RALB GTPase: a critical regulator of DR5 expression and TRAIL sensitivity in KRAS mutant colorectal cancer
Hajrah Khawaja, Andrew Campbell, Jamie Z. Roberts, Arman Javadi, Paul O’Reilly, Darragh McArt, Wendy L. Allen, Joanna Majkut, Markus Rehm, Alberto Bardelli, Federica Di Nicolantonio, Christopher J. Scott, Richard Kennedy, Nicolas Vitale, Timothy Harrison, Owen J. Sansom, Daniel B. Longley, Emma Evergren & Sandra Van Schaeybroeck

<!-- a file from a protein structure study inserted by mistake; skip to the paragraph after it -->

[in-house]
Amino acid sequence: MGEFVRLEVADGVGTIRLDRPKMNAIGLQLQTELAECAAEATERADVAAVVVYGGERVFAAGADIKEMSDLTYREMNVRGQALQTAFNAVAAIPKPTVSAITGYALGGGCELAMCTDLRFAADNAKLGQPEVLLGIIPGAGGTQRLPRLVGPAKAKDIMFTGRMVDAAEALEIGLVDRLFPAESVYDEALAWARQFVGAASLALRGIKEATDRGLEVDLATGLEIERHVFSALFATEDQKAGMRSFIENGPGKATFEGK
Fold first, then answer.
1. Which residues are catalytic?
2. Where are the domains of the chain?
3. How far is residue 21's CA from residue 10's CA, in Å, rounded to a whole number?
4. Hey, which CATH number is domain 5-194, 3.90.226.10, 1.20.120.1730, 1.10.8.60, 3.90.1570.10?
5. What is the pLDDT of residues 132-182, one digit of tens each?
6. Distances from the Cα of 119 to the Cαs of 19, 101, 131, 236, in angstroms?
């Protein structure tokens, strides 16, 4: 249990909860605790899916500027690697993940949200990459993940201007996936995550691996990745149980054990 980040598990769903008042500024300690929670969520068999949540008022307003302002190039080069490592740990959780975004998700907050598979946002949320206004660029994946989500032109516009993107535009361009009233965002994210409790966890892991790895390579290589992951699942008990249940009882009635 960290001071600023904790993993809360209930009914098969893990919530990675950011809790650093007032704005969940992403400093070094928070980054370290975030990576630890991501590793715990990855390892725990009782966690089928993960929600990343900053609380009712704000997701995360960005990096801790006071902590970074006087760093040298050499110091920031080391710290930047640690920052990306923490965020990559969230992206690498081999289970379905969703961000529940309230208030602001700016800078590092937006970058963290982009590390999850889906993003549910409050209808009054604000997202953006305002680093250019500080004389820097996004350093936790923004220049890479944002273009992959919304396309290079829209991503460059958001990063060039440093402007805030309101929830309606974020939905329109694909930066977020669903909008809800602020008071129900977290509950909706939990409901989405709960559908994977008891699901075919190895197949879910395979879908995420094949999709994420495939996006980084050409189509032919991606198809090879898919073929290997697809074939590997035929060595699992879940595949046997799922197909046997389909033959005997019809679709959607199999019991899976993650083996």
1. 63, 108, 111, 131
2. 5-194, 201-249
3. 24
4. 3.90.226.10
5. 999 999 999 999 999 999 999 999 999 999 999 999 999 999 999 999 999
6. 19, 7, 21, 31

RAS mutant (MT) metastatic colorectal cancer (mCRC) is resistant to MEK1/2 inhibition and remains a difficult-to-treat group. Therefore, there is an unmet need for novel treatment options for RASMT mCRC. RALA and RALB GTPases function downstream of RAS and have been found to be key regulators of several cell functions implicated in KRAS-driven tumorigenesis. However, their role as regulators of the apoptotic machinery remains to be elucidated. Here, we found that inhibition of RALB expression, but not RALA, resulted in Caspase-8-dependent cell death in KRASMT CRC cells, which was not further increased following MEK1/2 inhibition. Proteomic analysis and mechanistic studies revealed that RALB depletion induced a marked upregulation of the pro-apoptotic cell surface TRAIL Death Receptor 5 (DR5) (also known as TRAIL-R2), primarily through modulating DR5 protein lysosomal degradation. Moreover, DR5 knockdown or knockout attenuated siRALB-induced apoptosis, confirming the role of the extrinsic apoptotic pathway as a regulator of siRALB-induced cell death. Importantly, TRAIL treatment resulted in the association of RALB with the death-inducing signalling complex (DISC) and targeting RALB using pharmacologic inhibition or RNAi approaches triggered a potent increase in TRAIL-induced cell death in KRASMT CRC cells. Significantly, high RALB mRNA levels were found in the poor prognostic Colorectal Cancer Intrinsic Subtypes (CRIS)-B CRC subgroup. Collectively, this study provides to our knowledge the first evidence for a role for RALB in apoptotic priming and suggests that RALB inhibition may be a promising strategy to improve response to TRAIL treatment in poor prognostic RASMT CRIS-B CRC.